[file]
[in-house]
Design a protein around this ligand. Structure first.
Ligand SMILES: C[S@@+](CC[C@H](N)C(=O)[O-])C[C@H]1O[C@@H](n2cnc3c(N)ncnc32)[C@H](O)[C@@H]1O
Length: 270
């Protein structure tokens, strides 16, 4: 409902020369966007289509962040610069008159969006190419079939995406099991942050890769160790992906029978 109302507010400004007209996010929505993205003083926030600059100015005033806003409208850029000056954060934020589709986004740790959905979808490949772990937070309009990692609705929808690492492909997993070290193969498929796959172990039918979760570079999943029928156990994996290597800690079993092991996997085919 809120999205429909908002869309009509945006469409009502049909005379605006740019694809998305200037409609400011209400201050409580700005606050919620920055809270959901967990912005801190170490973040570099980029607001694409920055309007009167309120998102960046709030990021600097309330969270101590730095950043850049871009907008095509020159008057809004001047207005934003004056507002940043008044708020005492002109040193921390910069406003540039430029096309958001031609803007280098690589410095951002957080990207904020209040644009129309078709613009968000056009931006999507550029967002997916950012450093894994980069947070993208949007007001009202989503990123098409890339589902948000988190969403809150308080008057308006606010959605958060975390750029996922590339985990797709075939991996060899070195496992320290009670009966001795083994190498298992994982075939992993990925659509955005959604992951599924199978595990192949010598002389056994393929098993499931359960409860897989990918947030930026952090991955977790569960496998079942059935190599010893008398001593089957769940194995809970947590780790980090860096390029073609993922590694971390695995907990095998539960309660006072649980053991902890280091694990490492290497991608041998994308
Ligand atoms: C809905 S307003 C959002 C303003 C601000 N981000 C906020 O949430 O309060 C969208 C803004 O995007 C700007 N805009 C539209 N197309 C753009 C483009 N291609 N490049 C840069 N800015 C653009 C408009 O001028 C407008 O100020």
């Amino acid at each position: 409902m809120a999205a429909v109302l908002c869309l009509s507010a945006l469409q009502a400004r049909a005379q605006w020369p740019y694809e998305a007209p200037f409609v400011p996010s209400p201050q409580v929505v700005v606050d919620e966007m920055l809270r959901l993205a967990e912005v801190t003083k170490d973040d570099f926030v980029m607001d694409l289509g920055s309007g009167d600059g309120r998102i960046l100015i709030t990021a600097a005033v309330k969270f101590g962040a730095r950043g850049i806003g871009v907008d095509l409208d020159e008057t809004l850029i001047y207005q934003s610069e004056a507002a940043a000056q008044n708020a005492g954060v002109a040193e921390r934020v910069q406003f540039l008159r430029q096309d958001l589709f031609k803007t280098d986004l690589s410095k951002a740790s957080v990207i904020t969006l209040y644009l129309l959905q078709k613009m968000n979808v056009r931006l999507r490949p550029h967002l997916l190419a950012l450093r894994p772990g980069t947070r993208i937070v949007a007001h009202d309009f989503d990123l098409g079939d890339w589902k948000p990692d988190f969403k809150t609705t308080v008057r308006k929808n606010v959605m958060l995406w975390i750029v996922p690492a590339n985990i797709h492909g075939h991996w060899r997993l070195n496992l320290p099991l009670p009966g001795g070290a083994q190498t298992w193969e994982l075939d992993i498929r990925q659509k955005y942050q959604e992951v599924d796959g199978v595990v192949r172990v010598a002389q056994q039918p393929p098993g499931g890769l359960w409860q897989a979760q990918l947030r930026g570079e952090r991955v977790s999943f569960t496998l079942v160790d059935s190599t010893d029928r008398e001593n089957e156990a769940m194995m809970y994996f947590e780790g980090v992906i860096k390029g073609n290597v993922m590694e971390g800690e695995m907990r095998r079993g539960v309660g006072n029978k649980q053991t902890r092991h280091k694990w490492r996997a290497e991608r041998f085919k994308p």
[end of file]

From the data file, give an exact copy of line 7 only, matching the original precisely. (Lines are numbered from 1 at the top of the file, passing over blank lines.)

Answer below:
């Amino acid at each position: 409902m809120a999205a429909v109302l908002c869309l009509s507010a945006l469409q009502a400004r049909a005379q605006w020369p740019y694809e998305a007209p200037f409609v400011p996010s209400p201050q409580v929505v700005v606050d919620e966007m920055l809270r959901l993205a967990e912005v801190t003083k170490d973040d570099f926030v980029m607001d694409l289509g920055s309007g009167d600059g309120r998102i960046l100015i709030t990021a600097a005033v309330k969270f101590g962040a730095r950043g850049i806003g871009v907008d095509l409208d020159e008057t809004l850029i001047y207005q934003s610069e004056a507002a940043a000056q008044n708020a005492g954060v002109a040193e921390r934020v910069q406003f540039l008159r430029q096309d958001l589709f031609k803007t280098d986004l690589s410095k951002a740790s957080v990207i904020t969006l209040y644009l129309l959905q078709k613009m968000n979808v056009r931006l999507r490949p550029h967002l997916l190419a950012l450093r894994p772990g980069t947070r993208i937070v949007a007001h009202d309009f989503d990123l098409g079939d890339w589902k948000p990692d988190f969403k809150t609705t308080v008057r308006k929808n606010v959605m958060l995406w975390i750029v996922p690492a590339n985990i797709h492909g075939h991996w060899r997993l070195n496992l320290p099991l009670p009966g001795g070290a083994q190498t298992w193969e994982l075939d992993i498929r990925q659509k955005y942050q959604e992951v599924d796959g199978v595990v192949r172990v010598a002389q056994q039918p393929p098993g499931g890769l359960w409860q897989a979760q990918l947030r930026g570079e952090r991955v977790s999943f569960t496998l079942v160790d059935s190599t010893d029928r008398e001593n089957e156990a769940m194995m809970y994996f947590e780790g980090v992906i860096k390029g073609n290597v993922m590694e971390g800690e695995m907990r095998r079993g539960v309660g006072n029978k649980q053991t902890r092991h280091k694990w490492r996997a290497e991608r041998f085919k994308p």